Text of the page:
If I were to plot out the average youth ministry attendance in a local church this is probably what it would look like.
So when I say, “The way you are doing ministry is failing to reach students. It’s not you, it’s your strategy.” Youth workers look at me and say, “No, that’s not true. We are actually reaching more students than we were 10 years ago with less budget.”
And from their vantage point, looking at that one view of the population of adolescents in their community, they could be right. They are reaching 10-15% more students than they were 10 years ago.
However, when you compare students engaged in youth ministry to the overall student population in your school district it looks a lot like this.
This is what I mean by “you are failing to reach students with the programs you currently offer.”
Statistically speaking you are flatlined. (As in– no heart beat!) You’re reaching just about the same percentage of people you’ve always reached. That may be OK from a church politics situation but I’m not sure I’m OK with that from a theological position.
And I’m positive that this flatlining has lead to the following problems in youth ministry over the last decade:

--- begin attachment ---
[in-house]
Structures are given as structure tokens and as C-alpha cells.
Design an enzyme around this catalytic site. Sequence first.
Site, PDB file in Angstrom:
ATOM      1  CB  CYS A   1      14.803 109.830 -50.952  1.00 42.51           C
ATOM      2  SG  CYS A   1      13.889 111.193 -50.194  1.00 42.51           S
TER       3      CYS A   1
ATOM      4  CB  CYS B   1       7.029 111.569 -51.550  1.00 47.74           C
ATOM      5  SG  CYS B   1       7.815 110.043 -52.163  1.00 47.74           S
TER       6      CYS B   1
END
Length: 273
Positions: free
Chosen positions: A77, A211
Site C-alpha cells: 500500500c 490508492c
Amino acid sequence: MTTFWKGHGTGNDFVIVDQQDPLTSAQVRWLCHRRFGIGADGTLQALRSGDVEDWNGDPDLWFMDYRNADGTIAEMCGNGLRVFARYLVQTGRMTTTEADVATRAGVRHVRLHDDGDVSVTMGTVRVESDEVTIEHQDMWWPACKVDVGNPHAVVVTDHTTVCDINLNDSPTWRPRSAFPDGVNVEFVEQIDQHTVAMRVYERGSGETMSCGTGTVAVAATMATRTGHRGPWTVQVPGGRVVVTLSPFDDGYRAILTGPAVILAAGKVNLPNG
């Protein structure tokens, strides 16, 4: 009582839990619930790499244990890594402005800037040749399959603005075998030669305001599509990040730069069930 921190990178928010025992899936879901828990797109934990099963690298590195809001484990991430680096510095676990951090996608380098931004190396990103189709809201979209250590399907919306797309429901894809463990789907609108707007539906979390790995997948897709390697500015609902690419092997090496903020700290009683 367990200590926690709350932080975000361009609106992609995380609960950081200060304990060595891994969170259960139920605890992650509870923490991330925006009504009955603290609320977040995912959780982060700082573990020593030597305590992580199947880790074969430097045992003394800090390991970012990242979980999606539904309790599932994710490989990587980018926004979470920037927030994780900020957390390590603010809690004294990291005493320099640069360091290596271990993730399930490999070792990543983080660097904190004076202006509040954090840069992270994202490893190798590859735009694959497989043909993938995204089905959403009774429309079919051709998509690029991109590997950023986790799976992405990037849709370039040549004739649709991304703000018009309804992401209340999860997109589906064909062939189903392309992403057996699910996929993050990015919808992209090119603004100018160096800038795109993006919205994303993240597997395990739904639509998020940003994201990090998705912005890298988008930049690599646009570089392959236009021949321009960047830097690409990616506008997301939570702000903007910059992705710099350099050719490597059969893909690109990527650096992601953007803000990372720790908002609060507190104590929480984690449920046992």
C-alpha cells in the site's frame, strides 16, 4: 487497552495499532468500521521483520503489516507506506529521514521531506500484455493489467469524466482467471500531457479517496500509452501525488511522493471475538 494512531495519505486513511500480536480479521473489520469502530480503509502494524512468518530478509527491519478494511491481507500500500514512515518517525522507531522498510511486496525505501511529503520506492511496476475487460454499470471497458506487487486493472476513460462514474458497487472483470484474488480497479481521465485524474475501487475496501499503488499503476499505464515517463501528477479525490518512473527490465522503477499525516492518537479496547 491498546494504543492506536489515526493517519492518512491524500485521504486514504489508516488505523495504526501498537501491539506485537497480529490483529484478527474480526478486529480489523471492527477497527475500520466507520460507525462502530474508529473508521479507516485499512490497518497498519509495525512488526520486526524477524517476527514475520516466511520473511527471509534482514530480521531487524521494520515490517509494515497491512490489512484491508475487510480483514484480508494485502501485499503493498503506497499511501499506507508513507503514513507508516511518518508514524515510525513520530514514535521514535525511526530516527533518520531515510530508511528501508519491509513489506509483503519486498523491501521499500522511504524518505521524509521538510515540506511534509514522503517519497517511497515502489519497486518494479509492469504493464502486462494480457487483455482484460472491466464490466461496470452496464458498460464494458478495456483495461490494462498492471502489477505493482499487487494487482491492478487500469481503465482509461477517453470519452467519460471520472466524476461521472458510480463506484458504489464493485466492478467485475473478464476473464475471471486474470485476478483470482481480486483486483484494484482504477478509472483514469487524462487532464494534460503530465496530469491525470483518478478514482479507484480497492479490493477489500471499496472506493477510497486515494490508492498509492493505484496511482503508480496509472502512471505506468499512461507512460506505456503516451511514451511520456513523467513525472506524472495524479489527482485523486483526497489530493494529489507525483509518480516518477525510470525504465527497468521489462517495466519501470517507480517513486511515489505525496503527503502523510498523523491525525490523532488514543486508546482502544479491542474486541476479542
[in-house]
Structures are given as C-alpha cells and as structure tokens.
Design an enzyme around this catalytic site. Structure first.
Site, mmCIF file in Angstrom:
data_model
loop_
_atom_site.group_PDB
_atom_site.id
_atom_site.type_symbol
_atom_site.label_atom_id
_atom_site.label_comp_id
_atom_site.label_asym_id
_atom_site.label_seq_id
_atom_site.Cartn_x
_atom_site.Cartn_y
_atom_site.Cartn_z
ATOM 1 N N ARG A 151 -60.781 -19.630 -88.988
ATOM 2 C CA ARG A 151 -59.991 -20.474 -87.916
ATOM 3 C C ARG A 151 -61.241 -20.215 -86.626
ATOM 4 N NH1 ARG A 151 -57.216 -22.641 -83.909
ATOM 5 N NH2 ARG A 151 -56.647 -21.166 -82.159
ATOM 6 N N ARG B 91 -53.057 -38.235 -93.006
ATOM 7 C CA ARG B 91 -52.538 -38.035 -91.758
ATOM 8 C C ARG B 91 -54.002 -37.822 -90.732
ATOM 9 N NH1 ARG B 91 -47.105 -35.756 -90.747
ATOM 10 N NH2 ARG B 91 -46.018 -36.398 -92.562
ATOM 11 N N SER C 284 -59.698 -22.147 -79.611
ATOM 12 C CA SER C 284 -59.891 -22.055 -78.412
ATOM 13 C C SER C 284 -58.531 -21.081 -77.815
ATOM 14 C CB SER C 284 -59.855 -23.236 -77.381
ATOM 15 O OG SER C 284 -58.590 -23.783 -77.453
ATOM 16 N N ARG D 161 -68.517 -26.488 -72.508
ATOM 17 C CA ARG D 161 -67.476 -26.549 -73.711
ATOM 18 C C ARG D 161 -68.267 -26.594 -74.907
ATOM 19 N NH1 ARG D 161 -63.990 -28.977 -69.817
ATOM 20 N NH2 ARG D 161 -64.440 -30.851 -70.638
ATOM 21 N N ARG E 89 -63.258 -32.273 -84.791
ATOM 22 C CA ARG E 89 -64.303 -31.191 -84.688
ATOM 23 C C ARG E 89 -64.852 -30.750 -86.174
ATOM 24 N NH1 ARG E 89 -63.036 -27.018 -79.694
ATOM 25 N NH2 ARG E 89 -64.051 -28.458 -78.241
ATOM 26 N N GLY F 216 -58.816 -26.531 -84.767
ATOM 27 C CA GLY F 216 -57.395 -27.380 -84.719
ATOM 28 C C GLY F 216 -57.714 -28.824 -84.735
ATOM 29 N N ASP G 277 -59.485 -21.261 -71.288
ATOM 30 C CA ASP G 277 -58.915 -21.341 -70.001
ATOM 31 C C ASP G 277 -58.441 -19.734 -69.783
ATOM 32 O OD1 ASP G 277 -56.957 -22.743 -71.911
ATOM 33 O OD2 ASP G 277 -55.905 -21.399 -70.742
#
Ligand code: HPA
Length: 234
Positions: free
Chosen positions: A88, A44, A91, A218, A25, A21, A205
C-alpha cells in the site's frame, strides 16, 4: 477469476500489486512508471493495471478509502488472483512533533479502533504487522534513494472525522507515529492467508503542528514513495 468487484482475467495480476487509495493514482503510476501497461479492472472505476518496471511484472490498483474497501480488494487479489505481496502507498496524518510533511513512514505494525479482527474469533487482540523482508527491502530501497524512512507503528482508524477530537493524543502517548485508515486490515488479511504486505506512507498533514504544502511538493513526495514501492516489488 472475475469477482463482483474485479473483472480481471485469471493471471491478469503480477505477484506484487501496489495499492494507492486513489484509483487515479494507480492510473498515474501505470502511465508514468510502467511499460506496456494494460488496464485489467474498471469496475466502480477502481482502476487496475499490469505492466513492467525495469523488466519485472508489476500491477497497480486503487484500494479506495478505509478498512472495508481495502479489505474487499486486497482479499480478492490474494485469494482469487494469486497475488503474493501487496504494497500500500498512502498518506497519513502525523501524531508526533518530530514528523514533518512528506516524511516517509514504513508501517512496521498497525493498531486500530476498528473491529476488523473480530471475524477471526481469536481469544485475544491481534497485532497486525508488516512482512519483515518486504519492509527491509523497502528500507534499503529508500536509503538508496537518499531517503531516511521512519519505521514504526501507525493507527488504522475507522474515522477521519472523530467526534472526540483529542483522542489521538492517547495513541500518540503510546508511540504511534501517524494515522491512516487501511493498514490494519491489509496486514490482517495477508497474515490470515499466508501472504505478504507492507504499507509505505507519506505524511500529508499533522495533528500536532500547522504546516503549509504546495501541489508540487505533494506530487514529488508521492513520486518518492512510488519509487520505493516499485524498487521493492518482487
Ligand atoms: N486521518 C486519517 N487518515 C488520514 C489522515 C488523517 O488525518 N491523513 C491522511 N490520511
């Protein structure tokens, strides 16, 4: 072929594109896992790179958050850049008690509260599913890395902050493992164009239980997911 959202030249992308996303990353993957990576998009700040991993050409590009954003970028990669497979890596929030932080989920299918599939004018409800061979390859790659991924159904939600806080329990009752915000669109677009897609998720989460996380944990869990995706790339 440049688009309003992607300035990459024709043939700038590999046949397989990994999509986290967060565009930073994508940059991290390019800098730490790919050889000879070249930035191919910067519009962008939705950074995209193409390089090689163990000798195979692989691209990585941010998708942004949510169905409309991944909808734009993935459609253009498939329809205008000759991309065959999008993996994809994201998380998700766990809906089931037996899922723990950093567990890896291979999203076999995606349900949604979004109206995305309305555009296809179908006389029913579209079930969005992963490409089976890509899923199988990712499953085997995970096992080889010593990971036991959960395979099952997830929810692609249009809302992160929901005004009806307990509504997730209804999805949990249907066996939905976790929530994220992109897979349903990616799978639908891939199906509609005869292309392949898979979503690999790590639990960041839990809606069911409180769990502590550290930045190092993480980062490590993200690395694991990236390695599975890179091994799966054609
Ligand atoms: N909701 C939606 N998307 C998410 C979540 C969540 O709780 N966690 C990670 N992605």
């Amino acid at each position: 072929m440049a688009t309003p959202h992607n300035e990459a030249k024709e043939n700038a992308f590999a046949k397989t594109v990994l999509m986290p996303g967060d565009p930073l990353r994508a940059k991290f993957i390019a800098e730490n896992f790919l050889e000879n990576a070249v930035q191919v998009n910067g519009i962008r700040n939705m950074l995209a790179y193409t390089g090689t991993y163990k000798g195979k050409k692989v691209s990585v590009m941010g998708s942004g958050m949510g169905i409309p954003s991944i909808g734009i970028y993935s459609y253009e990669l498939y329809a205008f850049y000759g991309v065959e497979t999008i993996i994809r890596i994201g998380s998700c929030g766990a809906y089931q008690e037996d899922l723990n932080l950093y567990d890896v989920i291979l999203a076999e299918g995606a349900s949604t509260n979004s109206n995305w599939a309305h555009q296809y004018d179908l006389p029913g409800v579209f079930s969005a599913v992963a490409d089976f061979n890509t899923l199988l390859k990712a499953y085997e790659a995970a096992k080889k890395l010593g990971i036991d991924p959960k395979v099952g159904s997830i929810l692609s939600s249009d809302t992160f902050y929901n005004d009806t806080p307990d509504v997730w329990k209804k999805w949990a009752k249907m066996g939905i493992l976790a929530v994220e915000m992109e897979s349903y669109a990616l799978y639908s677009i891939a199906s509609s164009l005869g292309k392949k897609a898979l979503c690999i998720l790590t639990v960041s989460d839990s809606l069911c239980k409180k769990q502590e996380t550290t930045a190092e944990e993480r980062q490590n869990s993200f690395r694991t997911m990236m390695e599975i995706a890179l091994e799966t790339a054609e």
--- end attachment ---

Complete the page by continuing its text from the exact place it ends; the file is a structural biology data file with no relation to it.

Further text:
- A general cynicism about youth ministry internally and externally.
- A decrease in youth ministry staff and general budget funding.
- An increase in expectations that new youth ministry staff grow the program immediately.
- Lots of great youth workers moving on to other ministries or careers.
- The rise of family ministry models designed to circle the wagons. (Historically, youth ministry existed for evangelism. Popular models today are primarily interested in keeping church families engaged.)
Students are involved… just not in youth ministry
According to this 1995 study, 79.9% of all high school students were involved in an after school activity. I know that this study is 17 years old– but we would all agree that that percentage likely hasn’t changed much in 20 years, correct? (Maybe +/- 10%)
Every youth ministry strategy I know of is trying to wedge their way into this pie graph. They are looking for students, ultimately, to forego involvement in one of the programs at the school and invest in their program.
After nearly 40 years of youth ministry we know that this isn’t going to happen. Even the best youth ministry program model might only wedge their way in there by 2-3% of total student involvement.
A theologically appropriate number of students are not going to stop involvement in other things to get “fully engaged” in a local youth ministry program. And even if they did this it wouldn’t be a good strategy for continued growth, would it?
It’s 2012. You have flatlined for the past decade. Are you ready to try a new strategy?
This is why it is said: “Wake up, sleeper, rise from the dead, and Christ will shine on you.”